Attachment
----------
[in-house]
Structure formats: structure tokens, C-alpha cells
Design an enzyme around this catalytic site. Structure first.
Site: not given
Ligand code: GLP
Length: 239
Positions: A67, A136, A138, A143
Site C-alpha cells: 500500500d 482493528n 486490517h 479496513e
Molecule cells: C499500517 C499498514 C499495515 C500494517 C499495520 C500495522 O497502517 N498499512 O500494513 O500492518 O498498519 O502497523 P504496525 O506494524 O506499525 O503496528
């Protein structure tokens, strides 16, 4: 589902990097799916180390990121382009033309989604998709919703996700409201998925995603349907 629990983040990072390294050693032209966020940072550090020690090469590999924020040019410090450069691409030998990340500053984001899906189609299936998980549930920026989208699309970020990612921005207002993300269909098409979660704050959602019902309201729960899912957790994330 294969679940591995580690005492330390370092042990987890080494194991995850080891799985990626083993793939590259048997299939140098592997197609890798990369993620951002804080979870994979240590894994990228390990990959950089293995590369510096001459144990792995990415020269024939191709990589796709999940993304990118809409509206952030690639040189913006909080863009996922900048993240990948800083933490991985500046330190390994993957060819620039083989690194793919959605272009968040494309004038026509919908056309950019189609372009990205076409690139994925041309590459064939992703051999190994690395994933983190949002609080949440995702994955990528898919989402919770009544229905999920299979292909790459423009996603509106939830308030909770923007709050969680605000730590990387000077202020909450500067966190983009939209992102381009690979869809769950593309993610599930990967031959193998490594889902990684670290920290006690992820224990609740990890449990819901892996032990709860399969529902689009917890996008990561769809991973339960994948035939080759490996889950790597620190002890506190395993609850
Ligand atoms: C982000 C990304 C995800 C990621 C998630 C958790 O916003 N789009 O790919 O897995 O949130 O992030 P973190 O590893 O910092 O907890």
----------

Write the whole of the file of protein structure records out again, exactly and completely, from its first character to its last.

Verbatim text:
[in-house]
Structure formats: structure tokens, C-alpha cells
Design an enzyme around this catalytic site. Structure first.
Site: not given
Ligand code: GLP
Length: 239
Positions: A67, A136, A138, A143
Site C-alpha cells: 500500500d 482493528n 486490517h 479496513e
Molecule cells: C499500517 C499498514 C499495515 C500494517 C499495520 C500495522 O497502517 N498499512 O500494513 O500492518 O498498519 O502497523 P504496525 O506494524 O506499525 O503496528
């Protein structure tokens, strides 16, 4: 589902990097799916180390990121382009033309989604998709919703996700409201998925995603349907 629990983040990072390294050693032209966020940072550090020690090469590999924020040019410090450069691409030998990340500053984001899906189609299936998980549930920026989208699309970020990612921005207002993300269909098409979660704050959602019902309201729960899912957790994330 294969679940591995580690005492330390370092042990987890080494194991995850080891799985990626083993793939590259048997299939140098592997197609890798990369993620951002804080979870994979240590894994990228390990990959950089293995590369510096001459144990792995990415020269024939191709990589796709999940993304990118809409509206952030690639040189913006909080863009996922900048993240990948800083933490991985500046330190390994993957060819620039083989690194793919959605272009968040494309004038026509919908056309950019189609372009990205076409690139994925041309590459064939992703051999190994690395994933983190949002609080949440995702994955990528898919989402919770009544229905999920299979292909790459423009996603509106939830308030909770923007709050969680605000730590990387000077202020909450500067966190983009939209992102381009690979869809769950593309993610599930990967031959193998490594889902990684670290920290006690992820224990609740990890449990819901892996032990709860399969529902689009917890996008990561769809991973339960994948035939080759490996889950790597620190002890506190395993609850
Ligand atoms: C982000 C990304 C995800 C990621 C998630 C958790 O916003 N789009 O790919 O897995 O949130 O992030 P973190 O590893 O910092 O907890």